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Problem concerning permutation groups

  1. Sep 27, 2006 #1
    Here is the problem concerning permutation groups:

    u =
    1 2 3 4
    -------
    3 4 2 1

    Show that there is no p such that p^2 (the second permutation) = u


    I've tried just substituting values for p1, p2, p3 and p4 in:
    1 2 3 4
    ------------
    p1 p2 p3 p4

    p1 = 1 doesn't work because 1 would never go to 3 the second time

    p1 = 2, p2 = 3, p3 = 4, p4 = 2, which doesn't work because 4 doesn't go to 1 the second time, it goes to 3.

    p1 = 3 doesn't work because then p3 would also have to be 3, so 3 wouldn't go to 2 the second time

    p1 = 4, p2 = 1, p3 = 1, p4 = 3, which doesn't work because 3 goes to 4 instead of the required 2.

    Is this sufficient to show what's being asked?
     
    Last edited: Sep 27, 2006
  2. jcsd
  3. Sep 27, 2006 #2

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    What about the other permutations for p1=2,4?
     
  4. Sep 27, 2006 #3
    I wrote those in the order I would do the second permutation. If it doesn't work in that order, it isn't going to work in any other order.
     
  5. Sep 27, 2006 #4

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    I'm saying, if you want that to count as a proof, you have to clearly explain why the other permutations won't work.
     
  6. Sep 27, 2006 #5
    If p1 = 2, then p2 has to equal 3 for p1 to go to 3 the second time. That means p3 = 4 for 2 to go to 4 the second time. For those to hold true, p4 = 2 so 3 goes to 2, but then 4 goes to 2 which goes to 3, so it doesn't hold.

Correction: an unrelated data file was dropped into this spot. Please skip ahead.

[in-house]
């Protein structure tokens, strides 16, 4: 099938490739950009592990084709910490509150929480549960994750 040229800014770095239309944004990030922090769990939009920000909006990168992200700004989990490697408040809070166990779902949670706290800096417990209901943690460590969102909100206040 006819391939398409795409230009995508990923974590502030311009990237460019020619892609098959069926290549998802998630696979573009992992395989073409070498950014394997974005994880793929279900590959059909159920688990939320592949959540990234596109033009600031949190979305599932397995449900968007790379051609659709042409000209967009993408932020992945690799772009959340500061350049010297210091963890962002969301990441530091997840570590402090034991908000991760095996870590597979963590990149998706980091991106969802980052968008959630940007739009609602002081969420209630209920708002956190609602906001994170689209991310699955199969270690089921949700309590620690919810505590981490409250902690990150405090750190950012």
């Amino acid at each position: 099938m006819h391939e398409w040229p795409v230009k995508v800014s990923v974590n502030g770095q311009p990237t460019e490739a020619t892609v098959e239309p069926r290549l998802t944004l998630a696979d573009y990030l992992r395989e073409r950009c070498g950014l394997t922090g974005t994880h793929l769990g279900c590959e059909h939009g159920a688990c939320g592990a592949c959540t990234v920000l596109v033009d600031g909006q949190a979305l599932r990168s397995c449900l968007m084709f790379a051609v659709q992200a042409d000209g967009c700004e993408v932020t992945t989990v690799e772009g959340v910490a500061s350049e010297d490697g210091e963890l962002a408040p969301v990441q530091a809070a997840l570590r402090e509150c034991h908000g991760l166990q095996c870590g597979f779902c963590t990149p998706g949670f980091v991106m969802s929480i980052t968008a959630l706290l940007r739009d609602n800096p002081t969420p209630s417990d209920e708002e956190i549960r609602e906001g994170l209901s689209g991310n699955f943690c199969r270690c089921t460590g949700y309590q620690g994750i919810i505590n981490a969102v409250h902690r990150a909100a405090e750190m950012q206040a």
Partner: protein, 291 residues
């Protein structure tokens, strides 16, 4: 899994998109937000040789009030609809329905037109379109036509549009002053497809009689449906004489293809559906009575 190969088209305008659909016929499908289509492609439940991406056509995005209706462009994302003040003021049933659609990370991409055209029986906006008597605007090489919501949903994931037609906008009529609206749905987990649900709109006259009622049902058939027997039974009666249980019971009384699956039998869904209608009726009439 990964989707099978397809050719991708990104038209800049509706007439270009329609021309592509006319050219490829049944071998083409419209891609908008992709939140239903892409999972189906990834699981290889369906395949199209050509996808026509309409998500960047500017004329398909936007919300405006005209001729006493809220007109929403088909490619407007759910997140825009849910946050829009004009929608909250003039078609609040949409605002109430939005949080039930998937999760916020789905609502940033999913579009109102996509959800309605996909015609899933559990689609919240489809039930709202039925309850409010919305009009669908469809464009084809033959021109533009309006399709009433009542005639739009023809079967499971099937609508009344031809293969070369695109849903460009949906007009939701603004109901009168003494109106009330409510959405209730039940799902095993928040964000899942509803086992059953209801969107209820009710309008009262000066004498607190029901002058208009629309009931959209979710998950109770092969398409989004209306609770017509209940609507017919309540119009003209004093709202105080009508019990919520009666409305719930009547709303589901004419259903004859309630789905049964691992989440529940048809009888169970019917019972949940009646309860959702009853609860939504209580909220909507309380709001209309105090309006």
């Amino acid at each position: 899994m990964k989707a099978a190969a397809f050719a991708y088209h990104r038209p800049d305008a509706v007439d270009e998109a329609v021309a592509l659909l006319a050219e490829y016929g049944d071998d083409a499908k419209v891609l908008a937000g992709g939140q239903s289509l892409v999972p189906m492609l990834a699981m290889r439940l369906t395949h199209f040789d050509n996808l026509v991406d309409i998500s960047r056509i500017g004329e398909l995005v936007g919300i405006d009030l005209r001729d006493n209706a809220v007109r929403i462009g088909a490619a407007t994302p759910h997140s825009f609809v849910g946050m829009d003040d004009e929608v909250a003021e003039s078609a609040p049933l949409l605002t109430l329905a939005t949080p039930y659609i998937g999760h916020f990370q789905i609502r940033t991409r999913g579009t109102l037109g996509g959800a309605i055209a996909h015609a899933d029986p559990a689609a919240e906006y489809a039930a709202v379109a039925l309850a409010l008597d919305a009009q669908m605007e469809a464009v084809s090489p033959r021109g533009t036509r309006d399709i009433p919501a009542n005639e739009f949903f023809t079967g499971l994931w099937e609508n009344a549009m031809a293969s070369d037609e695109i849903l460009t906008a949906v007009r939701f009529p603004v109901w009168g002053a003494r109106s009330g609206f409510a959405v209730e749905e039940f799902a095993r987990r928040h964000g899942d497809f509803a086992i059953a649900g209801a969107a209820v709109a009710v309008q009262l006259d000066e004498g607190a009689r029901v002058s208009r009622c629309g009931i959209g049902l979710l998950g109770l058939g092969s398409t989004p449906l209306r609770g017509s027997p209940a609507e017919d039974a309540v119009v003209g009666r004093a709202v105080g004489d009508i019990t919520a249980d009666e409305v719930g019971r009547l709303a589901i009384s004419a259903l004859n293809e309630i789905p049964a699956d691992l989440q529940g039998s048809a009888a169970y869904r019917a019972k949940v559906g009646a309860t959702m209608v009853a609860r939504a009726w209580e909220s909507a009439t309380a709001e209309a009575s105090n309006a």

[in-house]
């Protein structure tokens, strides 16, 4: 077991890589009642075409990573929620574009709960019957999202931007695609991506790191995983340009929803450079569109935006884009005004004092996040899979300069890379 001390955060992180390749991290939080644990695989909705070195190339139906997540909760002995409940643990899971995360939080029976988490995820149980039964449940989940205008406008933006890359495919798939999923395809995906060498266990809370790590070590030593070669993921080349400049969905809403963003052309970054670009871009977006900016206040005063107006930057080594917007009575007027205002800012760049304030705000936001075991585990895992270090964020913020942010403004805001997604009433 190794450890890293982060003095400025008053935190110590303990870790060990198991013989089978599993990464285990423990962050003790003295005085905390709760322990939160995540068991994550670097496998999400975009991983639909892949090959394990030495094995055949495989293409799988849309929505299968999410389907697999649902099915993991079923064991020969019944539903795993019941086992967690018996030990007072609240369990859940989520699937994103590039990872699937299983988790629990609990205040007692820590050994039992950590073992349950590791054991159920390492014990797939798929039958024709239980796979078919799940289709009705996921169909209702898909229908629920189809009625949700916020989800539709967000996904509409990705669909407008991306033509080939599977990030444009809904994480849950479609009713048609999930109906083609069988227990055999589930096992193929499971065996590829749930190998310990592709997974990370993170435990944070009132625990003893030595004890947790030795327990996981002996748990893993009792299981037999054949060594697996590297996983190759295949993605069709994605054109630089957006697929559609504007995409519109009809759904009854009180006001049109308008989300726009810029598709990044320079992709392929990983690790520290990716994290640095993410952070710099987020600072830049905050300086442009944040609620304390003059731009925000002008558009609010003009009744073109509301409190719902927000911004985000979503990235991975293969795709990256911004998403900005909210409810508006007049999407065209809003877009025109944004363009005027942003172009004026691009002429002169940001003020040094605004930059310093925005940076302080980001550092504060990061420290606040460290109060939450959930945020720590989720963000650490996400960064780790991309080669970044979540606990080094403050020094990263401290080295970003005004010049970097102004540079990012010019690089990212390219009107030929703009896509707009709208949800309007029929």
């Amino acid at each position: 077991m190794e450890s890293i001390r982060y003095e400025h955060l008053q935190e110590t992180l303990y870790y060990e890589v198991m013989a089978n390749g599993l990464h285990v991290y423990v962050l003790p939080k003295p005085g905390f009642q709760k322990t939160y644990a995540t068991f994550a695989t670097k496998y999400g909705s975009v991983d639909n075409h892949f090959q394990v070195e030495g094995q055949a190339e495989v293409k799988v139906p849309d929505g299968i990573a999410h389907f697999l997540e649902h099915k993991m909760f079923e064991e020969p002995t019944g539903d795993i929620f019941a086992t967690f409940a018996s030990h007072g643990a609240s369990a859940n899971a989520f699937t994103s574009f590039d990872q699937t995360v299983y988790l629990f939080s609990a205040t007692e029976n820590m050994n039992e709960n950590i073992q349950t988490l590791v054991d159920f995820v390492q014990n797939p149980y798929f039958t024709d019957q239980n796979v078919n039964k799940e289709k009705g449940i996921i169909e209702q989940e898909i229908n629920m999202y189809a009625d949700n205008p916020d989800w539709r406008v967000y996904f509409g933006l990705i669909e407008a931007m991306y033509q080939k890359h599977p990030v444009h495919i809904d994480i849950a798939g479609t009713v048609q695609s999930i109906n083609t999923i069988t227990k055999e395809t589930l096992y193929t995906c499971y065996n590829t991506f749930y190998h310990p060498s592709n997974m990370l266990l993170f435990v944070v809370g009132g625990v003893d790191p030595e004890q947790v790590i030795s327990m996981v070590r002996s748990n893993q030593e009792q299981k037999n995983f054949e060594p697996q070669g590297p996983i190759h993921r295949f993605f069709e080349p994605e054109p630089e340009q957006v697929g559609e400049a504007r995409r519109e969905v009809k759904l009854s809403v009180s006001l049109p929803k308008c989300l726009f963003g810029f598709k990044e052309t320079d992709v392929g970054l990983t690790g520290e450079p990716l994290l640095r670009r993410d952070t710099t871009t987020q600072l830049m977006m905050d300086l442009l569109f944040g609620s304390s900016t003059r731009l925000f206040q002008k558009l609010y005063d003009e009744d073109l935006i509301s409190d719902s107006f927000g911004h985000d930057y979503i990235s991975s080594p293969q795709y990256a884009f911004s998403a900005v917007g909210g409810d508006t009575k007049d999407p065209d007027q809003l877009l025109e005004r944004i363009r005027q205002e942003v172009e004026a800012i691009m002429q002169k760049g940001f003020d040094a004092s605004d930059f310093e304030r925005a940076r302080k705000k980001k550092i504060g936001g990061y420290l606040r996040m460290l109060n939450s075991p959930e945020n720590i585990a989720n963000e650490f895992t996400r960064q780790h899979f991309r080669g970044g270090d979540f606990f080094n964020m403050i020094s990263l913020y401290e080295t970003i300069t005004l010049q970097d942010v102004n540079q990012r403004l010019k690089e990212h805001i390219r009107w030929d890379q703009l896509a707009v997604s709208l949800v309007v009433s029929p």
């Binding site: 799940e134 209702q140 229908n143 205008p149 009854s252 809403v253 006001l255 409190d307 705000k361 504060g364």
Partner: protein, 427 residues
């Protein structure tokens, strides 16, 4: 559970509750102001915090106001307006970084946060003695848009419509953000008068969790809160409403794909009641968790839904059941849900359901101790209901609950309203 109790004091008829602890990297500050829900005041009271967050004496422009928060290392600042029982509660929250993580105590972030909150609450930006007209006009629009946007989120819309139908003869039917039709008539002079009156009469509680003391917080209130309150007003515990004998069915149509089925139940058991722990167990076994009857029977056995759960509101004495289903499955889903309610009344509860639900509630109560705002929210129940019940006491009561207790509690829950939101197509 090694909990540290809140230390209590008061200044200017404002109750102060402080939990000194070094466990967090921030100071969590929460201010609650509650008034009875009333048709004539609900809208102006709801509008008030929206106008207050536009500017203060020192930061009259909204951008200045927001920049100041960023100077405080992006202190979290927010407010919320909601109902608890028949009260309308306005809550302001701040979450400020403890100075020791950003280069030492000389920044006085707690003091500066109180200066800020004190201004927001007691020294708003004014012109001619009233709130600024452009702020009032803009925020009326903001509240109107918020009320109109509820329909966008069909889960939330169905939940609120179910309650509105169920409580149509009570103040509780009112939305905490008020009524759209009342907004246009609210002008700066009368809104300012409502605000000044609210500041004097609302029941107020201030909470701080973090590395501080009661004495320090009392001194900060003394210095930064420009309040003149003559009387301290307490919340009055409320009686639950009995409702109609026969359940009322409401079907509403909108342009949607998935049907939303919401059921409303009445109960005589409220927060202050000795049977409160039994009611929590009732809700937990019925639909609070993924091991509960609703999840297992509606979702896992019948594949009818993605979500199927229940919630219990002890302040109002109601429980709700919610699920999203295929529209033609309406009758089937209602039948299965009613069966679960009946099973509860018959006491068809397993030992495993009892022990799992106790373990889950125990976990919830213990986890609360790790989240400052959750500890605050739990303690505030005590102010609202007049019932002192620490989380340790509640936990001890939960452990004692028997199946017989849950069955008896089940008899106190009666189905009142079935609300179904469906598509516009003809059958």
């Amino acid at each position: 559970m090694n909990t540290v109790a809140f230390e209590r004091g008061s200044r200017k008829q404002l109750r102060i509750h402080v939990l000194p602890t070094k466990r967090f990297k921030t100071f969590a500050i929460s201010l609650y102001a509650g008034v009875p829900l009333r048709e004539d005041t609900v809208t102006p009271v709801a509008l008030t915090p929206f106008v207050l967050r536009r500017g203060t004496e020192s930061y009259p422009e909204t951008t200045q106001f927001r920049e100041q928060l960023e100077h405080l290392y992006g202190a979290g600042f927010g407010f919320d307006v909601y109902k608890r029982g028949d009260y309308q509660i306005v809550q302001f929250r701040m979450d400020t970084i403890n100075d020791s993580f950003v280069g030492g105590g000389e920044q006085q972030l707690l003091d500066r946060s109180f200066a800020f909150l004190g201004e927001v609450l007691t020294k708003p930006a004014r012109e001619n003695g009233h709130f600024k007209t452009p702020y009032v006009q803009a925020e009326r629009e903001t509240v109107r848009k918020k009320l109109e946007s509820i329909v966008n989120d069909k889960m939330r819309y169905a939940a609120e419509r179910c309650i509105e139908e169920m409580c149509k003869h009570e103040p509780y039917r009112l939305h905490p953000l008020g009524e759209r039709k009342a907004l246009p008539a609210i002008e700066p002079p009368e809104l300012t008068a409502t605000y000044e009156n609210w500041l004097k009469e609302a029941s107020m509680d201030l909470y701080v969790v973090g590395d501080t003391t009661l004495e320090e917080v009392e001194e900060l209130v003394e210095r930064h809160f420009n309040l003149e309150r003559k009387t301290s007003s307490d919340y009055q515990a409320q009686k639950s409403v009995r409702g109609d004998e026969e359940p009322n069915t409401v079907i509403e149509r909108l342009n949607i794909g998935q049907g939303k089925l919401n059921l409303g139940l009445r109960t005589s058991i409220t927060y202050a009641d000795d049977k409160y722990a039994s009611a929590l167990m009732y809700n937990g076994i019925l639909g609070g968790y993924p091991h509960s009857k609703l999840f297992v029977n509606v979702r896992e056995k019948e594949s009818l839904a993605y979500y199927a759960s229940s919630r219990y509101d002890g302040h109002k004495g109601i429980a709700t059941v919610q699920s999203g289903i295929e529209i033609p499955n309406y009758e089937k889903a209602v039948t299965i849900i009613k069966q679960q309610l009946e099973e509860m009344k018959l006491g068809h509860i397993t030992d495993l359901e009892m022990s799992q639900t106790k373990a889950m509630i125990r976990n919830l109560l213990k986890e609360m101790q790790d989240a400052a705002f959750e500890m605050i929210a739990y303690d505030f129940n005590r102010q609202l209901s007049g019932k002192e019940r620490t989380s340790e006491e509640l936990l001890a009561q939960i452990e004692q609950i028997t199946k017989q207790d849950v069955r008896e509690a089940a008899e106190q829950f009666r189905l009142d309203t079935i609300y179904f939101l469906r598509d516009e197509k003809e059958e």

Similarly, if p1 = 4, then p4 = 3. 3 has to go to 1 for p4 to go to 1 on the second permutation, so p3 = 1. If p3 = 1, then p1 = 2 so 3 goes to 2 on the second permutation. Also, p2 = 1 because 1 goes to 4 and 2 has to go to 4 on the second permutation, but this means 3 goes to 1 which goes to 4, so 3 goes to 4 on the second permutation, which doesn't hold for u.
     
  7. Sep 27, 2006 #6

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    That works. Alternatively, do you know about the sign of permutations? This will give a one line proof.
     
  8. Sep 27, 2006 #7
    I know about the sign, but I don't see where you're going. We call it the signature in our book. It would be great to know how to prove it without brute force. I'm an engineering major, so I'm not great at proofs.
     
    Last edited: Sep 27, 2006
  9. Sep 27, 2006 #8

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    Well if the sign of permutation p1 is e1 (which is either +/-1) and the sign of p2 is e2, then the sign of p1 p2 (ie, p1 followed by p2) is e1*e2. So what is the sign of p1^2?
     
  10. Sep 27, 2006 #9
    It would have to be 1. I see now, thanks. I should've thought of that.
     
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